Homefront Makes Me Mad

Aarrrgh, there be spoilers ahead!

Republished from IGN.com...
homefront-cover-wide

homefront-20101114081002572-000-300x168
A while ago, I knew someone who grew up in a city in Poland. While she recounted her childhood, she told me about seeing tanks stationed throughout different neighborhoods and rolling through the streets. As I listened, I couldn't imagine something like that happening here in the United States.

No matter what your opinion of our government, we haven't ever been occupied by another country. Most of us who have grown up here haven't seen the literal aspects of war on a daily basis. War, to most Americans (less so for many Europeans), is much more abstract and distant; we see news reports on TV and the Internet, protesters on the street and higher gas prices. Regardless of how much the media may put forth the idea of "Us versus Them" when it comes to conflicts around the world, I doubt that many of us imagine that we'll be invaded by a foreign power. Homefront, by THQ and KAOS Studios examines what could possibly happen were our fears of invasion realized.

homefront-singleplayer-screens-1-300x169
The story takes place in 2026, but starts out by bringing the player up to speed on what's happened in the last 15 years through video footage of news reports and some snazzy motion graphics. Major events such as the death of Kim Jong-Il and the rise of his son, Kim Jong-Un, the unification of North and South Korea, the fall of Japan and ever rising conflict in the Middle East are all displayed in gritty sequences that display the progression of Korea's military growth.
Then, under the guise of launching a communication satellite, Korea detonates an EMP over the United States, disabling all electronics, and swatting planes out of the sky. Hawaii is the first to fall, followed by San Francisco as Korean forces slowly make their way east until they reach the irradiated Mississippi River and are forced to stop. The game starts as the player, a pilot living in Colorado, is accosted and thrown down the stairs from his apartment by the KPA, The Korean People's Army.

Thats when it gets ugly.

modern_warfare_2_no_russian-300x171
When I bought the game at my local Gamestop, my friend Tom warned me that there were a few scenes that might make me feel uncomfortable. I reassured him that I'd be OK, having played the controversial "No Russian" mission, and been OK, if maybe a little shaken. Tom looked at me, and said, "Still... It's a bit heavy...". I was actually surprised by this, as I'm a reasonably healthy, socially and morally stable 31 year old. I went ahead and bought the game.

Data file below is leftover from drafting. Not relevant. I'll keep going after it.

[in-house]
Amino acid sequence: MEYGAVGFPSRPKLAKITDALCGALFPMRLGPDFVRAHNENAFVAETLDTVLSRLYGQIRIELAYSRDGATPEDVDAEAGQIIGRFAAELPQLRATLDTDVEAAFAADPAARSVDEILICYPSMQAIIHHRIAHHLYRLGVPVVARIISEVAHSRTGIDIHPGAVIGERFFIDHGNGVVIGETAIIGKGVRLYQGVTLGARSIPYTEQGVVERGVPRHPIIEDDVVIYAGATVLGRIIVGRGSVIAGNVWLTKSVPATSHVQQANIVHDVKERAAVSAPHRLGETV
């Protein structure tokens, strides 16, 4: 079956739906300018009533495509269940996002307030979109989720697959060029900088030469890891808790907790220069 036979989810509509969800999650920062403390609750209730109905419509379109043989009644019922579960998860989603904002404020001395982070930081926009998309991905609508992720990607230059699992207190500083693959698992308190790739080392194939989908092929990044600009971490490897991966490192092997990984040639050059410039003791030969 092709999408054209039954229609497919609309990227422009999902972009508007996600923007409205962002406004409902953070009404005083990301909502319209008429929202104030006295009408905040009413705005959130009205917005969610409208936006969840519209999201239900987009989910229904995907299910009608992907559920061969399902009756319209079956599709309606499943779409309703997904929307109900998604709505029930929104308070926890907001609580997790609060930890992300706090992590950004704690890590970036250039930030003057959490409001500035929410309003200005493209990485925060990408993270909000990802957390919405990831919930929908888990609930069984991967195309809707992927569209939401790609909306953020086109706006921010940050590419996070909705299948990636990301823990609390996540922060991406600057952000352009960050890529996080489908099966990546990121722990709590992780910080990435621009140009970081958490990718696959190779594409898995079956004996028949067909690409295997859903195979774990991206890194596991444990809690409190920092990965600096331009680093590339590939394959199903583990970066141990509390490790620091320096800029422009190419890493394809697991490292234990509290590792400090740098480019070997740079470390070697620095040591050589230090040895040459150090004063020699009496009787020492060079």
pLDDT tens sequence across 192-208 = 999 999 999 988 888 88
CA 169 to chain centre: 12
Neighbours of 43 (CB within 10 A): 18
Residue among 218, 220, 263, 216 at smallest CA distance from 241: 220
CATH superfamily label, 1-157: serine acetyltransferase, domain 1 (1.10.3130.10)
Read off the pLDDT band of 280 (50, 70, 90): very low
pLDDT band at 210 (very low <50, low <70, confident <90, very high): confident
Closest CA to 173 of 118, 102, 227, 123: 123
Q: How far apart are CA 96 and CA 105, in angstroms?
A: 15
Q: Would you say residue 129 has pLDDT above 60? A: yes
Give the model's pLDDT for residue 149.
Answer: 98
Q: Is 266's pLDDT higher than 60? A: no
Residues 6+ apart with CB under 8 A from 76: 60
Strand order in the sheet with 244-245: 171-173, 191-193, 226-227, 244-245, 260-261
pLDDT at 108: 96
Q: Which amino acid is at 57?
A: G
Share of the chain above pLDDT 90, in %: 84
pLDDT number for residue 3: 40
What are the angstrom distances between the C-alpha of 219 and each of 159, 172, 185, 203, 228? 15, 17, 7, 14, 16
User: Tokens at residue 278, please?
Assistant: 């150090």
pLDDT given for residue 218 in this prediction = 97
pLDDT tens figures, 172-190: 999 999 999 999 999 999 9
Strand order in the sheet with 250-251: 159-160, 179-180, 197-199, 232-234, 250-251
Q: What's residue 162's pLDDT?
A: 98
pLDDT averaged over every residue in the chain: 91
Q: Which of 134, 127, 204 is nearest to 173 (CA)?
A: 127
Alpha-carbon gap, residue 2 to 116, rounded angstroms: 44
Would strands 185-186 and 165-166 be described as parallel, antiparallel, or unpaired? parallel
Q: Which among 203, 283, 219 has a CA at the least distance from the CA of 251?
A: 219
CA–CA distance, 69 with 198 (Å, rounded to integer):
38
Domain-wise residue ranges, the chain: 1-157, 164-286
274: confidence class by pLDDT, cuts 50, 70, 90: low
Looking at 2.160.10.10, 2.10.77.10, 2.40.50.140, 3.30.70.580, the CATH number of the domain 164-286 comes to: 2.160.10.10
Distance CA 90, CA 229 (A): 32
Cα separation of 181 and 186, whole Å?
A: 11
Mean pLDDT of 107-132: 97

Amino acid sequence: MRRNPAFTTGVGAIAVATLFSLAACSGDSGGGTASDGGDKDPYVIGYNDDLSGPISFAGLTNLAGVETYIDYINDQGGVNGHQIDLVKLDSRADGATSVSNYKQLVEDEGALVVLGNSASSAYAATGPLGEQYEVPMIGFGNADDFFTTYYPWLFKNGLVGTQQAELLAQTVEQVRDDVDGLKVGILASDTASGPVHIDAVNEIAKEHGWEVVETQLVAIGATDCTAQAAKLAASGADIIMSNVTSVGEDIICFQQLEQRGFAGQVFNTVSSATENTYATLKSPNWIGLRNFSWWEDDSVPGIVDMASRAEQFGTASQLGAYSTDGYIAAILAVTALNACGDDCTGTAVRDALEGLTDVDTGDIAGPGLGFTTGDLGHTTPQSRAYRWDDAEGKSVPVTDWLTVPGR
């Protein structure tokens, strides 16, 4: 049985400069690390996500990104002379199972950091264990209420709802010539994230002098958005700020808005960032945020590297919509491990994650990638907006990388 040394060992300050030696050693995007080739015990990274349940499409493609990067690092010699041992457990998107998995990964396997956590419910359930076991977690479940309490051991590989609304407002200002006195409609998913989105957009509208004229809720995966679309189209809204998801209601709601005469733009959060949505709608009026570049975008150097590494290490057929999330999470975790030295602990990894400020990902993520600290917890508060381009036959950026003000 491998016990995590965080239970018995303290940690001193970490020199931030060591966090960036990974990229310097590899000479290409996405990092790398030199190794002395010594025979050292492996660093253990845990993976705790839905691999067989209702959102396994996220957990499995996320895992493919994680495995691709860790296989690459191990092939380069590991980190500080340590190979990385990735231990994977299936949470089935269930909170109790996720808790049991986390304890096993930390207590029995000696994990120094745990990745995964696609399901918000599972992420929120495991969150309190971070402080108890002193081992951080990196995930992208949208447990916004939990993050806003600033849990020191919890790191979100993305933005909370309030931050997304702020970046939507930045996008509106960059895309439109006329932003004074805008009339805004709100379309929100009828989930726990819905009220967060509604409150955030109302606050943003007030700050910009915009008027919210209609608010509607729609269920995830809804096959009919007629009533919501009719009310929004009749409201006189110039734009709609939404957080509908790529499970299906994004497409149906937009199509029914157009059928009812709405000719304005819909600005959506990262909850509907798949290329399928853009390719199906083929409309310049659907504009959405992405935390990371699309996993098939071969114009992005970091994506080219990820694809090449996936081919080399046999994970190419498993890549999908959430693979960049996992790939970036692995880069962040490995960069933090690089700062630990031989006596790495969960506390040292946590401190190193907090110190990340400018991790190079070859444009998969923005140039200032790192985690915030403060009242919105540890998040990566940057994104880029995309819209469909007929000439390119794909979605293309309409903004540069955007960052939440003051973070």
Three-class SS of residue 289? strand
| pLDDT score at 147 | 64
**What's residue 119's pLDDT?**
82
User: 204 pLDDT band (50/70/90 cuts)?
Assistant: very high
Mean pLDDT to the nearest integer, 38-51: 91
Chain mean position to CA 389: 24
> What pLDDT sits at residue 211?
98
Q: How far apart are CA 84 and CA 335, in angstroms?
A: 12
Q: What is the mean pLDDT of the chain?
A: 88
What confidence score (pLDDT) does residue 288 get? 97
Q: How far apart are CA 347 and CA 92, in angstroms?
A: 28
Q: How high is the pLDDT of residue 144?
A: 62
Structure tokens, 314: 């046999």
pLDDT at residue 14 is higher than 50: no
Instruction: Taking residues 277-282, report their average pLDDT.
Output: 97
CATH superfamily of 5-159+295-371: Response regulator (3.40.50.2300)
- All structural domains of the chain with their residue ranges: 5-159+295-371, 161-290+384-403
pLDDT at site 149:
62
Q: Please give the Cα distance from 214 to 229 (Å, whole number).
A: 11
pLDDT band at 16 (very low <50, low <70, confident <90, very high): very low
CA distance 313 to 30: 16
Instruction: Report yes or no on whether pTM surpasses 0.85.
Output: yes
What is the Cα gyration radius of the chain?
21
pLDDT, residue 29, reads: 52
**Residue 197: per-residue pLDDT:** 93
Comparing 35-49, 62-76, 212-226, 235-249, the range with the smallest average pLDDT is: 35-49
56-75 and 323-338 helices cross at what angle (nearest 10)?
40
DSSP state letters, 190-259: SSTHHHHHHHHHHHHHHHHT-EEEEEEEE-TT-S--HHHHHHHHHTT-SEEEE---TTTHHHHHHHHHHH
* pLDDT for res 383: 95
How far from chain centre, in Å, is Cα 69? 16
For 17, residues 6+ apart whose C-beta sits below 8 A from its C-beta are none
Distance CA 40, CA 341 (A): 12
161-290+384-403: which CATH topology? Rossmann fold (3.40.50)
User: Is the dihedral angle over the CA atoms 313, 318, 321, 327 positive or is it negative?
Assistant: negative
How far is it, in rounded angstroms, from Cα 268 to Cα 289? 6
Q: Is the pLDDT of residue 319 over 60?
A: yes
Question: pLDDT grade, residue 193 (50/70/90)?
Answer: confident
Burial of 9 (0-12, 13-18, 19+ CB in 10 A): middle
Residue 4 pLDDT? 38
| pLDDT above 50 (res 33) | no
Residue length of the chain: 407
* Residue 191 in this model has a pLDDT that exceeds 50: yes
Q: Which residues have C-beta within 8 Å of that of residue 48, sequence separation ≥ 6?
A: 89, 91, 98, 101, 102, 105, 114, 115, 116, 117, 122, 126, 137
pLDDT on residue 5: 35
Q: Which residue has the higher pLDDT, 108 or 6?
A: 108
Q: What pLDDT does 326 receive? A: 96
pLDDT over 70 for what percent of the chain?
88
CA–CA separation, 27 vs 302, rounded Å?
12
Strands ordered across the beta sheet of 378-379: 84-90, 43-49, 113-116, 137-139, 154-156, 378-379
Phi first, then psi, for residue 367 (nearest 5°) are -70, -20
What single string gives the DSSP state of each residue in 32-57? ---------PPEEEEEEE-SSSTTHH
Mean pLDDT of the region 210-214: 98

homefront_suburbcarexplosion1-300x168
You start out being thrown down a flight of stairs, herded onto a bus, and driven through a Colorado Town. While being transported, the player is shown a jarring scene of the occupied United States. Citizens are rounded up into cages, shot in the street, beaten, abused and humiliated. This continues until the bus that you're on is attacked, and you're set free by rebel forces, and the gameplay starts.

The upsetting scenes don't stop there, however. You're fighting on American soil, and Kaos Studios does their best to remind you of that. You fight your way through suburbs, through a White Castle and Hooters, supermarkets and stadiums. At one point, you see a bulldozer filling a mass grave with american bodies. One of your team finally loses his mind and starts shooting off rounds.

216857-1-300x168
While these visions of human atrocity are unfortunately something that most of us have seen in newsreels and textbooks, (and for the unluckiest of us, first-hand), never before have we seen this happen on our home soil. I found that while I was playing, I became more and more upset with what I was seeing. This game was suddenly a lot more personal.

This could have been my neighborhood. A character mentions as he enters a labor camp that he saw his dentist there the week before. This all made me think; why is it that we as gamers become so desensitized while we play modern war games like Call of Duty, Socom and Battlefield, (which all are essentially the same game as Homefront, except for the setting), yet we feel no personal remorse or attachment to the cause? Does framing a story in our own backyard add legitimacy to any potential feelings of discomfort or anger? What do countries like Russia and France feel when they see our games? What about the middle east? We as gamers feel quite at ease sprinting through the dusty, sun-bleached maps of Battlefield: Bad Company 2, gunning down insurgents, or knifing Russian soldiers in Call of Duty. Yet, why did I feel so personally molested seeing the Korean People's Army driving tanks through my back yard in a video game?

homefront-300x193
I haven't yet finished Homefront, and to be honest, I have a hard time playing it. After the mass grave scene, I can't imagine what else Kaos Studio may throw at me. One thing is for sure though. They touched a nerve. And by doing so, they force me not only to reexamine what I enjoy about common realistic military games, but what I would do were this a reality. While I may never see North America invaded during my lifetime, it's not an impossible thing. Do Americans have the will and the bravery to defend our country, were it attacked, and our government toppled? I hope that I never have to find out.